Signpost (Weber, Utah), 1983-11-291
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O Weber State College Read 'Homemade Christmas Tales', starting on page 7. Vol. 44 No. 23 Tuesday, November 29,1983 u u Meeting to Spotlight Higher Education by Kathy Kendell Gov't. Affairs Reporter J 1 4 - The Native American Council joined the competition for the best decorated tree with this eye-catcher. The Signpost photoLaurie Call competition, sponsored by CAB, was held on Wednesday, Nov. 23 in the UB. Wednesday evening, Nov. 30, at 7 p.m. the movers and shakers of Utah's educational system will meet at Weber State for an old fashioned town meeting. Despite the down-home images which a town meeting may conjure up, this particular meeting's subject matter is of vital importance to students, educators and the public. The meeting is planned as a response to a recent educational report published by the Utah Educational Reform Steering Committee. The report, titled "Education in Utah: A Call to Action," describes the crisis which now exists in Utah's educational system and offers a number of recommendations. The meeting's purpose is to make the public more aware of Utah's educational system and its current problems. WSC President Rodney H. Brady stressed the importance of the meeting to students. "I would be delighted if as many students as possible could work the meeting into their schedules," said Dr. Brady. - " The committee's report makes several recommendations to higher education. These recommendations include suggestions regarding competitive salaries, tuition, student loan programs and exclusion of unprepared and unfunded students. According to Dr. Brady, state legislators Ronald Stevens, John Arrington and Lowell Peteron will be on hand, in addition to Board of Regents members LaMar Buckner and Robert Newey. The above individuals will be part of a panel which will also include Dr. Brady; Dr. Robert Smith, vice president for Academic Affairs; WSC Legislative Council Chairman Roy Nielson, and several school board members from various school districts. The report and it's implications will be explained briefly; then audience members will have an opportunity to ask questions of panel members. The meeting is expected to draw a large attendance and will be held in the Austad Auditorium, rather than the Wattis Business Building as originally planned. WSC is One Step Closer to TV Station by Joan Wilcox Copy Editor Weber State College's cable TV station, proposed over a year ago, is one step closer to becoming a reality. The station proposal has been on hold while WSC ironed out difficulties with Telecommunications Incorporated (TI), the parent cable company of Ogden's Community TV. A compromise worked out in a recent Odgen city council meeting has cleared the way for Weber's station. According to Linda Wolcott, instructional developer and cable coordinator, the dispute centered around TI's original acceptance of WSC's proposal that it be allocated cable channel 10. As WSC moved forward with its plans, however, TI denied Weber the use of channel 10 because it was already being used by the USA network. Wolcott said that TI "promised us channel 10, but they 'had USA network on channel 10 . . . they weren't willing to get rid of it (USA) because they had no place to put it." TI suggested that WSC accept placement on a 'tier' channel when one became available. A tier channel is one of many additional cable channels for which cable subscribers must pay extra. The basic cable package includes channels 2, 4, 5, 7, 8, 9, 10, 11, 12, and 13. Tier channels include 15, 16, 17, 18, 19, and 21. WSC Assistant Academic Vice President Dr. Marie Kotter said that WSC ". . . had no objection in principle" to being assigned a tier channel even though it had ". . . ramifications for implementation and audience size." She explained that because cable subscribers have to pay extra to receive tier channels, there was apt to be a smaller audience. In addition, the entire tier of channels must be allocated before they can go on the air, and WSC would have to wait an indefinate amount of time before it could begin broadcasting. An Ogden city council meeting held Nov. 17, 1983, and attended by Linda Wolcott, solved most of Weber's problems by allowing TI a rate increase. The monthly rate increase (from $7.50 to $9.50) for cable subscriber charges will allow TI to combine the basic channels with the tier channels into one expanded basic channel package. In effect, the tier channels will be available to all basic cable subscribers. see "Cable" on page 2.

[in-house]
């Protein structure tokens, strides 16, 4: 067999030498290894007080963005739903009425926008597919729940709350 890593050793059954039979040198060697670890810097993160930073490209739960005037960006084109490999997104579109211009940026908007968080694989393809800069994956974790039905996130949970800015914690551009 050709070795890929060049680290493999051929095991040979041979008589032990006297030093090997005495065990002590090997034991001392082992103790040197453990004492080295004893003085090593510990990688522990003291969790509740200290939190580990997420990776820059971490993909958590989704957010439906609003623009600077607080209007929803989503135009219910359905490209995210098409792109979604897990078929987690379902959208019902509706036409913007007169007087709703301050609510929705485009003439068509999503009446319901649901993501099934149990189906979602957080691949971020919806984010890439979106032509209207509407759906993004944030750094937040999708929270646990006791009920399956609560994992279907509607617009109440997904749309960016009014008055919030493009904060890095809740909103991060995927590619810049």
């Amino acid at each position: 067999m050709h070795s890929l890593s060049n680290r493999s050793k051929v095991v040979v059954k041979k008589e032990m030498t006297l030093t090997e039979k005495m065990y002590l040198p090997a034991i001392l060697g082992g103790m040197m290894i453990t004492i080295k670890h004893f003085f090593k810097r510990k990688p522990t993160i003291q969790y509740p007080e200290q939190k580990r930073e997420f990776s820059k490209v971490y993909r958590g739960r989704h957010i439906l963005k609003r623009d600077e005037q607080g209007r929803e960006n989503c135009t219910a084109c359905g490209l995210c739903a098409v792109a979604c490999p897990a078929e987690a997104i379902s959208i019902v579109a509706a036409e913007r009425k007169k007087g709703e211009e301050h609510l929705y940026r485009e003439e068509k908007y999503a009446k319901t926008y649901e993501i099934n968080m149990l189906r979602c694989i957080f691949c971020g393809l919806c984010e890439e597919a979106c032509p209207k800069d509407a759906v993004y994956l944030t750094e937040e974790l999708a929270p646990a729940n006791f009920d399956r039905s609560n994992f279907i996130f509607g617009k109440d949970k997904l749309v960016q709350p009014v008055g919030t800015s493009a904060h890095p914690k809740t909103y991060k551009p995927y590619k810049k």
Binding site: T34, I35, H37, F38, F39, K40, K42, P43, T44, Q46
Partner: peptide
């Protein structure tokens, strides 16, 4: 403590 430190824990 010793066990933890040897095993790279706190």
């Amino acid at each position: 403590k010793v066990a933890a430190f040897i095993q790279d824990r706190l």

|Title||Signpost (Weber, Utah), 1983-11-29, Vol. 44, No. 23|
|Creator||Weber State College|
|Contributors||Associated Students of Weber College; A generous grant from the Utah State Library and the Institute of Museum and Library Services.|
|Description||Weber's current student newspaper, the Signpost, first appeared on September 29, 1937. For two years prior to that time, campus news was disseminated via announcements posted on a bulletin board known as the "Signpost". As a result, the masthead of the first issue of the paper itself featured a rudimentary wooden sign with the title spelled out in rustic-looking letters. Over the years the paper has been published continuously, though the look, size and style has changed several times.|
|Subject||College student newspapers and periodicals; Weber State College|
|Publisher Digital||Stewart Library, Weber State University|
|Source||University Archives LD5893.W55 S5, Stewart Library, Weber State University|
|Rights Management||Public Domain. Courtesy of University Archives, Stewart Library, Weber State University.|